HyzenthlayForesight wrote:If you actually read posts here instead of just coming to make post about how exotics are bad then you would know most exotics are also comfortable with their homes and people. I mean we have plenty of fox and raccoon owners with animals that are happy in their homes or were happy in their homes their whole lives only to die of old age like Struner. Yet you "questioned" that any exotic pet, listing coons and foxes, had ever lived a full life as a pet.
Actually I am on this board to learn about which exotics actually do work out. As a child in the 1960's I was a devoted watcher of Disney's Wonderful World of Color (later renamed to Wonderful World of Disney when color sets became ubiquitous and most programming was in color). I remember being delighted watching pet otters frolick with their owners. I did not want to come away from the news with an anti-exotic bias and came to this Board to learn othewise.
HyzenthlayForesight wrote:Really I don't mean to be rude, though some members may argue the fact, lol, but at this point it looks like you joined and exotic board to argue exotics are bad but made a smoother than normal entrance by picking on chimps since some others also had questions due to it not being a type of exotic they themselves are familiar with.


I am hopting to learn of exotics, such as the raccoons and foxes that you mention, that are parts of families and do not live out their lives in cages. Thank you for letting me explain myself on this matter.

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Postby pat » Sun Feb 07, 2010 8:42 am

everyone will have their own defination of the word "pet"

my opinion, just because an animal is not a "lap animal" or even strictly indoor, they are still pets to me.

my outdoor animals, loves attention, and likes to be petted and scratched. therefore, they are "my PETS"

But, on another note, if I have had animals that is unpredicatle and have shown agression for no reason, I can't classify them as a pet.
I could not trust them. actually, I was afraid of them.

I had "male rheas" and bull. to me, these guys were not pets.
needless to say, they are not with me anymore.

I think if when someone is considering a pet, it is wise to talk with many different owners. also to realize what a new owner is getting into.

I personally think, understanding the animal helps make a better "pet"
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Postby JBG » Sun Feb 07, 2010 9:31 am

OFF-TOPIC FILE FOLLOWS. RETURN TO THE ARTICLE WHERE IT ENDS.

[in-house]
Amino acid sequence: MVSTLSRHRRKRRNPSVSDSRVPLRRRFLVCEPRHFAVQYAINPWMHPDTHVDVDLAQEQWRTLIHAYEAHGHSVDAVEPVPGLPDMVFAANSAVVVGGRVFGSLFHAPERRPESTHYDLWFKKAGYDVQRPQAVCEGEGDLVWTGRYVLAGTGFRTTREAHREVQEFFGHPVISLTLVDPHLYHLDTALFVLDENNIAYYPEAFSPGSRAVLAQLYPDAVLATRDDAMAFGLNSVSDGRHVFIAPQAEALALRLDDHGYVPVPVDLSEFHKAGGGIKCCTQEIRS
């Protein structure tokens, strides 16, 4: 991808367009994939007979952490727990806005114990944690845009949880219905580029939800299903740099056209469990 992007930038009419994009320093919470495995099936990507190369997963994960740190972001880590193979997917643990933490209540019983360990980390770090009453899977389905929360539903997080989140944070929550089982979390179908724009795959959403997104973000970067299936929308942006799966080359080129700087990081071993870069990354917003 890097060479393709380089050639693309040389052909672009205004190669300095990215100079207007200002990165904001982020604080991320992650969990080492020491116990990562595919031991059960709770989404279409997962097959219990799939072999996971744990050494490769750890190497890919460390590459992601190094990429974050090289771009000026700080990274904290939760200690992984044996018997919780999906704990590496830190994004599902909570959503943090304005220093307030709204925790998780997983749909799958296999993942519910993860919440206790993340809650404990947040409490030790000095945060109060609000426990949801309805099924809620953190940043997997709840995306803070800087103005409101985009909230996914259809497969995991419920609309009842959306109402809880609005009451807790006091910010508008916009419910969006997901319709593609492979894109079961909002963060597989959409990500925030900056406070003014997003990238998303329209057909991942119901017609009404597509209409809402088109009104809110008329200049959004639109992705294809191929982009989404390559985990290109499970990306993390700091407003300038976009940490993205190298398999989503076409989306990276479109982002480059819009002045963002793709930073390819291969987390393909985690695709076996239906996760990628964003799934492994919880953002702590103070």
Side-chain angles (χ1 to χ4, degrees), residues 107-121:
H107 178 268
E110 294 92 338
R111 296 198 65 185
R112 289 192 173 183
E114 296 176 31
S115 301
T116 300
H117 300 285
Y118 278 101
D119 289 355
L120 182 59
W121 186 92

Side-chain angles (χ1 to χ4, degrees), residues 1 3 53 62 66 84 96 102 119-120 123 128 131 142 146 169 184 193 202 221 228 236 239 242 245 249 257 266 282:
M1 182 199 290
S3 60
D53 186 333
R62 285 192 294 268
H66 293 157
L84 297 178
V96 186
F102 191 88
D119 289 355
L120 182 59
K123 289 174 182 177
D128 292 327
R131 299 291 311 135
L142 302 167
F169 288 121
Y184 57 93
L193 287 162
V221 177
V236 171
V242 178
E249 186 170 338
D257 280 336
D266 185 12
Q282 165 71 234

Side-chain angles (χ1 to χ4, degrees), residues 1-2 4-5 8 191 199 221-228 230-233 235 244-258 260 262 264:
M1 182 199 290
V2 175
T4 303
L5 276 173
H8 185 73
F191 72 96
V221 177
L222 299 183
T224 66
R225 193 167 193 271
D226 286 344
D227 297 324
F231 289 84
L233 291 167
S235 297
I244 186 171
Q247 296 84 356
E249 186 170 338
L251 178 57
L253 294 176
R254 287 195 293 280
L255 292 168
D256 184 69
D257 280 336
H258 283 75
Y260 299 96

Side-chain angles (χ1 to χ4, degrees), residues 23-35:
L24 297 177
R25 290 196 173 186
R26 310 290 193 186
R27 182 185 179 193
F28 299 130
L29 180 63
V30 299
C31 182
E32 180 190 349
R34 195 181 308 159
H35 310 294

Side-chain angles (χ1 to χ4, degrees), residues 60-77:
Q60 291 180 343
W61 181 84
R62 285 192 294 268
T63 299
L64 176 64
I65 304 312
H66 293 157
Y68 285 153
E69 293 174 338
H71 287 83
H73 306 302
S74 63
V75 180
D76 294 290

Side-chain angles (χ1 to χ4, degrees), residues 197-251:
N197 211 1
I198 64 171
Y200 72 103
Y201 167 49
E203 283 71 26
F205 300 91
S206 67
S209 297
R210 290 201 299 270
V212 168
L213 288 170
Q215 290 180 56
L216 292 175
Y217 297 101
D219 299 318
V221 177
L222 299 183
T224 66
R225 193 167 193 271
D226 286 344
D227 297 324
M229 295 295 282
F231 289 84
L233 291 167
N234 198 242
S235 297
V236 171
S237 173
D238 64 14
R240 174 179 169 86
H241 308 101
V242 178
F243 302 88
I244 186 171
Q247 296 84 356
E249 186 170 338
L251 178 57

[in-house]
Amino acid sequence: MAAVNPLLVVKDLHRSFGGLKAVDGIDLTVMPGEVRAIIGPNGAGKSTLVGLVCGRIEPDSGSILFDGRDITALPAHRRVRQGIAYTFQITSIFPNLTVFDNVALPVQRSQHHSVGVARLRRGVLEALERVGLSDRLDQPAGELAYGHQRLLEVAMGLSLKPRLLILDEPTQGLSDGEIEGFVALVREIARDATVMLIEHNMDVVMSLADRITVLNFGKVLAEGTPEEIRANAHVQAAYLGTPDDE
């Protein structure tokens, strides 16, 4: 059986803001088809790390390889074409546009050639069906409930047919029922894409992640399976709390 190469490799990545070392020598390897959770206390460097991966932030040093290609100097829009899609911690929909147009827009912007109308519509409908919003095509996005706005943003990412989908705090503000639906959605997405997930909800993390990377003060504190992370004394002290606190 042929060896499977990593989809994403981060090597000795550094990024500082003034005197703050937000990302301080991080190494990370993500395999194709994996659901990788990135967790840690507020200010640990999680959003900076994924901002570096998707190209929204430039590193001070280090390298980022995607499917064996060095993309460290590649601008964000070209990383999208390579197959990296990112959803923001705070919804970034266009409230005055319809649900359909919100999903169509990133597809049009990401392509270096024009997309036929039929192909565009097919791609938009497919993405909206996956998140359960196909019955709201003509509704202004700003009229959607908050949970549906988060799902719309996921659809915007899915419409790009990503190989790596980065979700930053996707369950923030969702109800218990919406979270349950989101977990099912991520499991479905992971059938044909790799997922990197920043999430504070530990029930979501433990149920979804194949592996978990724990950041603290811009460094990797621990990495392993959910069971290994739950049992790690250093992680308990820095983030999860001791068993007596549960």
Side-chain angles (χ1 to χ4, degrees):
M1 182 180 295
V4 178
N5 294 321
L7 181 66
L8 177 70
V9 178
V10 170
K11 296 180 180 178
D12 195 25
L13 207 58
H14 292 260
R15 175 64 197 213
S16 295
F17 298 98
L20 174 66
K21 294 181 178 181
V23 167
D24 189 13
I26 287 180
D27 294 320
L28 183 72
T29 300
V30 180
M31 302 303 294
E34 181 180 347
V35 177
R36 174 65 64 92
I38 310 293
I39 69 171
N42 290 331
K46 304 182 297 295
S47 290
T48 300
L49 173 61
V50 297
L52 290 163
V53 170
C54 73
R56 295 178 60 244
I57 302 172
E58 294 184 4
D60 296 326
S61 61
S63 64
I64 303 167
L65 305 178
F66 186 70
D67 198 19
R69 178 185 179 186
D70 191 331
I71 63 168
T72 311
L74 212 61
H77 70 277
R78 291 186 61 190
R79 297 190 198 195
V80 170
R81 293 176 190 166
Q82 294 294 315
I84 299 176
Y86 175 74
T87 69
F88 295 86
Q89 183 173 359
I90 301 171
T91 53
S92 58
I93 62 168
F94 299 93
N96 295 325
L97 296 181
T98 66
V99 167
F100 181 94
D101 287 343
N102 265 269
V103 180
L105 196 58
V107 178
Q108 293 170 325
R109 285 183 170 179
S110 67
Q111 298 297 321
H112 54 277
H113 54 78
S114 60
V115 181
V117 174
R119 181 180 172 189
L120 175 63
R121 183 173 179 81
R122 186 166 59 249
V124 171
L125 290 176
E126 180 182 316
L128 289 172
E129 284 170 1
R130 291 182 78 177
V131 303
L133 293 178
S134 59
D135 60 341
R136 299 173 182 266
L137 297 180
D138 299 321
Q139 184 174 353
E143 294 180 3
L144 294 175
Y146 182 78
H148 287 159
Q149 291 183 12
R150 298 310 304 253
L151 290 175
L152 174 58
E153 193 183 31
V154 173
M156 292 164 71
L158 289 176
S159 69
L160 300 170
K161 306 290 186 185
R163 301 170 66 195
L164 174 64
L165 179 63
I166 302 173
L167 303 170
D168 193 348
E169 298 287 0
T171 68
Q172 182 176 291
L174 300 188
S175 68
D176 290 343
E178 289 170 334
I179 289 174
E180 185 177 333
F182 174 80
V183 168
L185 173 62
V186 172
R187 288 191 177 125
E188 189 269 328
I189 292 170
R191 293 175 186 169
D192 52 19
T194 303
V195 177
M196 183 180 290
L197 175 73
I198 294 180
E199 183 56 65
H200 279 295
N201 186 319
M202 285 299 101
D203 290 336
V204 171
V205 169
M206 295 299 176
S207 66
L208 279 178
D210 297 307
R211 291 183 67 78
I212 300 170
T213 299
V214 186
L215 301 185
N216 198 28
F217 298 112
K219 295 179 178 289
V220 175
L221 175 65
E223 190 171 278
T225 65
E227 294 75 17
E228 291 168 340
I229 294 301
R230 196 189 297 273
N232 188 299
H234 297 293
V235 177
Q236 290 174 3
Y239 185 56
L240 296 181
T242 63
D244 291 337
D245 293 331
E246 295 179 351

pat wrote:everyone will have their own defination of the word "pet"
my opinion, just because an animal is not a "lap animal" or even strictly indoor, they are still pets to me.

my outdoor animals, loves attention, and likes to be petted and scratched. therefore, they are "my PETS"

But, on another note, if I have had animals that is unpredicatle and have shown agression for no reason, I can't classify them as a pet.
I could not trust them. actually, I was afraid of them.
Agreed and I agree with yours.

Does your bear like being petted? Do you get into cage with him/her? Does he/she recognize you from other people?
pat wrote:I had "male rheas" and bull. to me, these guys were not pets.
needless to say, they are not with me anymore.
Exactly, and thanks for answer.
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Postby TamanduaGirl » Sun Feb 07, 2010 3:28 pm

Thank you for explaining and I apologize for suspecting the worst but I have seen that happen. On one exotic board some of the main members actually came out in one discussion and admitted that didn't think any animals should be kept as pets(heavy AR). I mean none of us are going to AR boards and trying to convince them to eat meat and own exotics.

I do know one person with otters. They wouldn't be the first choice for a first time exotic owner as they can be bitey and destructive though if you are experienced you can teach them to not bite so hard when playing but you can't trust them with strangers. I got to see his otter visit and run around but touching him was off limits.

Smaller things often do good like hedgehogs, chinchillas and ferrets. Even though more common than somethings they are still exotics too.